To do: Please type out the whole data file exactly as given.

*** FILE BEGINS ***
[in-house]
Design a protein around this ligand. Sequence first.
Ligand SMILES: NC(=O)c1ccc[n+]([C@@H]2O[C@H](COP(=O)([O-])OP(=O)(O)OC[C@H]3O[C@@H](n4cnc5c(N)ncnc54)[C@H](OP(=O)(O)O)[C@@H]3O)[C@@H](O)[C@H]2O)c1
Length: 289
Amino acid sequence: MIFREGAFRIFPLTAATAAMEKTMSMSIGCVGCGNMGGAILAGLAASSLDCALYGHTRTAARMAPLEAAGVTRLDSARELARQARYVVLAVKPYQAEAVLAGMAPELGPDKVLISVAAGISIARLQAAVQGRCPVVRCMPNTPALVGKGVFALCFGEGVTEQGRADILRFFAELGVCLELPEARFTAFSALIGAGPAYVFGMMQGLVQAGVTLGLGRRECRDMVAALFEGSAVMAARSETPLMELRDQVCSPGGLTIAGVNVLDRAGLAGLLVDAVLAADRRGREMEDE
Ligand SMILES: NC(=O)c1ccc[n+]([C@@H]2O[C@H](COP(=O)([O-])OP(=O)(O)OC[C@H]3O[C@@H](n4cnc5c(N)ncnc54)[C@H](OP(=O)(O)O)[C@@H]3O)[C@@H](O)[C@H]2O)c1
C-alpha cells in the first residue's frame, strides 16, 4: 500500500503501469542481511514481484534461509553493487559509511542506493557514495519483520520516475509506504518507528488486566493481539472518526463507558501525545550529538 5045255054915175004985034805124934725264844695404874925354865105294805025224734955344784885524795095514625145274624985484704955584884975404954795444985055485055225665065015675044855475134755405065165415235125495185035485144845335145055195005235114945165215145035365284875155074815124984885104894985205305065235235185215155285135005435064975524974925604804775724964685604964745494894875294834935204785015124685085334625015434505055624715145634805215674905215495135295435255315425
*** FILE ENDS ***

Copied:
[in-house]
Design a protein around this ligand. Sequence first.
Ligand SMILES: NC(=O)c1ccc[n+]([C@@H]2O[C@H](COP(=O)([O-])OP(=O)(O)OC[C@H]3O[C@@H](n4cnc5c(N)ncnc54)[C@H](OP(=O)(O)O)[C@@H]3O)[C@@H](O)[C@H]2O)c1
Length: 289
Amino acid sequence: MIFREGAFRIFPLTAATAAMEKTMSMSIGCVGCGNMGGAILAGLAASSLDCALYGHTRTAARMAPLEAAGVTRLDSARELARQARYVVLAVKPYQAEAVLAGMAPELGPDKVLISVAAGISIARLQAAVQGRCPVVRCMPNTPALVGKGVFALCFGEGVTEQGRADILRFFAELGVCLELPEARFTAFSALIGAGPAYVFGMMQGLVQAGVTLGLGRRECRDMVAALFEGSAVMAARSETPLMELRDQVCSPGGLTIAGVNVLDRAGLAGLLVDAVLAADRRGREMEDE
Ligand SMILES: NC(=O)c1ccc[n+]([C@@H]2O[C@H](COP(=O)([O-])OP(=O)(O)OC[C@H]3O[C@@H](n4cnc5c(N)ncnc54)[C@H](OP(=O)(O)O)[C@@H]3O)[C@@H](O)[C@H]2O)c1
C-alpha cells in the first residue's frame, strides 16, 4: 500500500503501469542481511514481484534461509553493487559509511542506493557514495519483520520516475509506504518507528488486566493481539472518526463507558501525545550529538 5045255054915175004985034805124934725264844695404874925354865105294805025224734955344784885524795095514625145274624985484704955584884975404954795444985055485055225665065015675044855475134755405065165415235125495185035485144845335145055195005235114945165215145035365284875155074815124984885104894985205305065235235185215155285135005435064975524974925604804775724964685604964745494894875294834935204785015124685085334625015434505055624715145634805215674905215495135295435255315425